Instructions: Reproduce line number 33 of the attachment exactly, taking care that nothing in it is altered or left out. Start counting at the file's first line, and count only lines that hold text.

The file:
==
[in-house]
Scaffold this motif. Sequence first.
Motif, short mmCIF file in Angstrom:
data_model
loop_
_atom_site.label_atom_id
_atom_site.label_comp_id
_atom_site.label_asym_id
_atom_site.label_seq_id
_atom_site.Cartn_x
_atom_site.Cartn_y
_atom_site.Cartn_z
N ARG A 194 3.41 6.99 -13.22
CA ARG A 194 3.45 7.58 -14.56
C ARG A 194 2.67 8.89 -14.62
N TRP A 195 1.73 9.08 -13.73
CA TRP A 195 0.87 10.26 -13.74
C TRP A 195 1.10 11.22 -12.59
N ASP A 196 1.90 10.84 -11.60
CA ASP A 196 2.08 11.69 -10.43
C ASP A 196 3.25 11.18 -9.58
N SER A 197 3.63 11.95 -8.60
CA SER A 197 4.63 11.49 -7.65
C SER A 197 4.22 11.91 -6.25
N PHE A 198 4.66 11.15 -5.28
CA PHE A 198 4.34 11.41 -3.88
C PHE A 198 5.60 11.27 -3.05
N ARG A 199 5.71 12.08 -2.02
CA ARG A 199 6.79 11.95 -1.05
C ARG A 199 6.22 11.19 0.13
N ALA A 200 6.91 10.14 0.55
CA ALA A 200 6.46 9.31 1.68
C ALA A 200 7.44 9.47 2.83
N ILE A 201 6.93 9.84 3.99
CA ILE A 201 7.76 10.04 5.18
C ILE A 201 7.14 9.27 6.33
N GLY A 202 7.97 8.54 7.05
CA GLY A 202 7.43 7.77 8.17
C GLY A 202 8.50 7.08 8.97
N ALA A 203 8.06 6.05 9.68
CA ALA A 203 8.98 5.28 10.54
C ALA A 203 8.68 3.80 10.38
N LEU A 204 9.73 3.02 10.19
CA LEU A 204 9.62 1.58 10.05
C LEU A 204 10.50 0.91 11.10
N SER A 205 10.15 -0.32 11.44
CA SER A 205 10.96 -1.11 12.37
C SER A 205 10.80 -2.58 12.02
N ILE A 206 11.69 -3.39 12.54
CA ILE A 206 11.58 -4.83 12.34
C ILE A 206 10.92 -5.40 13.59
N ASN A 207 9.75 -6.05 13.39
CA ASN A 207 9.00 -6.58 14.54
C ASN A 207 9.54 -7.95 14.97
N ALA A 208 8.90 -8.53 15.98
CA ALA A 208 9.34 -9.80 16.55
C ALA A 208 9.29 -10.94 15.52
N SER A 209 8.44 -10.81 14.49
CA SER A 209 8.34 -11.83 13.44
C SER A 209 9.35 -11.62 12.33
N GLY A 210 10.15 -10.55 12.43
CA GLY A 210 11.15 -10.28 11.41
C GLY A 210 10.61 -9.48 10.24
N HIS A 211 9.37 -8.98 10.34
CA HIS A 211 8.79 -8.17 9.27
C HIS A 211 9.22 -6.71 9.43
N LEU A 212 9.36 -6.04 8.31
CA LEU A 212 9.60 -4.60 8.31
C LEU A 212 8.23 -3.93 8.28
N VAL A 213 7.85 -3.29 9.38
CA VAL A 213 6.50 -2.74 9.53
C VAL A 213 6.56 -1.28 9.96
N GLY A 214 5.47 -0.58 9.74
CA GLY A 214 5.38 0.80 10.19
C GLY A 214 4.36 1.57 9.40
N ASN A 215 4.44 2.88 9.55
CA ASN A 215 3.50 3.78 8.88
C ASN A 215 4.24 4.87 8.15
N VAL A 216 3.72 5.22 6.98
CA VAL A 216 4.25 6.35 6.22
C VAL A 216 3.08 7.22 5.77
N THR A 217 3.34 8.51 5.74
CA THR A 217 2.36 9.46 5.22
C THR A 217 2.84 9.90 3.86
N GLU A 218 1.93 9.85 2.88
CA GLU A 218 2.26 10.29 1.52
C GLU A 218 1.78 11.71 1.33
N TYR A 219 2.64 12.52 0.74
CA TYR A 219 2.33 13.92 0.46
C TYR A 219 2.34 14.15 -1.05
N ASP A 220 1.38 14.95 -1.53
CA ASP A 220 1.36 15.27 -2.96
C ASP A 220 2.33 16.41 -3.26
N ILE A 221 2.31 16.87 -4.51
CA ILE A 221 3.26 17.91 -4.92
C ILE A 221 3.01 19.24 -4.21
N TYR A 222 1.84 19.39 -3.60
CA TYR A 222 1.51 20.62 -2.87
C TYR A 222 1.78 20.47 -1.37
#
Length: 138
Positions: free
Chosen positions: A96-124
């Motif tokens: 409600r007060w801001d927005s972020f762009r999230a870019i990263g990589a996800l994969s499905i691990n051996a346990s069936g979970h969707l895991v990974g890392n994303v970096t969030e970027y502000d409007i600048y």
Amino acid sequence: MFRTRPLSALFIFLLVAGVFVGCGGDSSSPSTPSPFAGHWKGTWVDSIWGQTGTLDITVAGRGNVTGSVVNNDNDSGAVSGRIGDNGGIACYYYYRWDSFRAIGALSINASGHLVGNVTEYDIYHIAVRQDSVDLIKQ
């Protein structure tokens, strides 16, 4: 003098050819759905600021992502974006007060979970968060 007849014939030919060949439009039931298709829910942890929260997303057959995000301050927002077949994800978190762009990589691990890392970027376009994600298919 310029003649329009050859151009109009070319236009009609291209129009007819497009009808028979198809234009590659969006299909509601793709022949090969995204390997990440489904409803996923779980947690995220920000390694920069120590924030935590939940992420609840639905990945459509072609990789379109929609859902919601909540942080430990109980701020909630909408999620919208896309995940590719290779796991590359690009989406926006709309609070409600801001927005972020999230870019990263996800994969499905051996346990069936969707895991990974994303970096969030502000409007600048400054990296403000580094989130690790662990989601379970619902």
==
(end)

C ALA A 200 7.44 9.47 2.83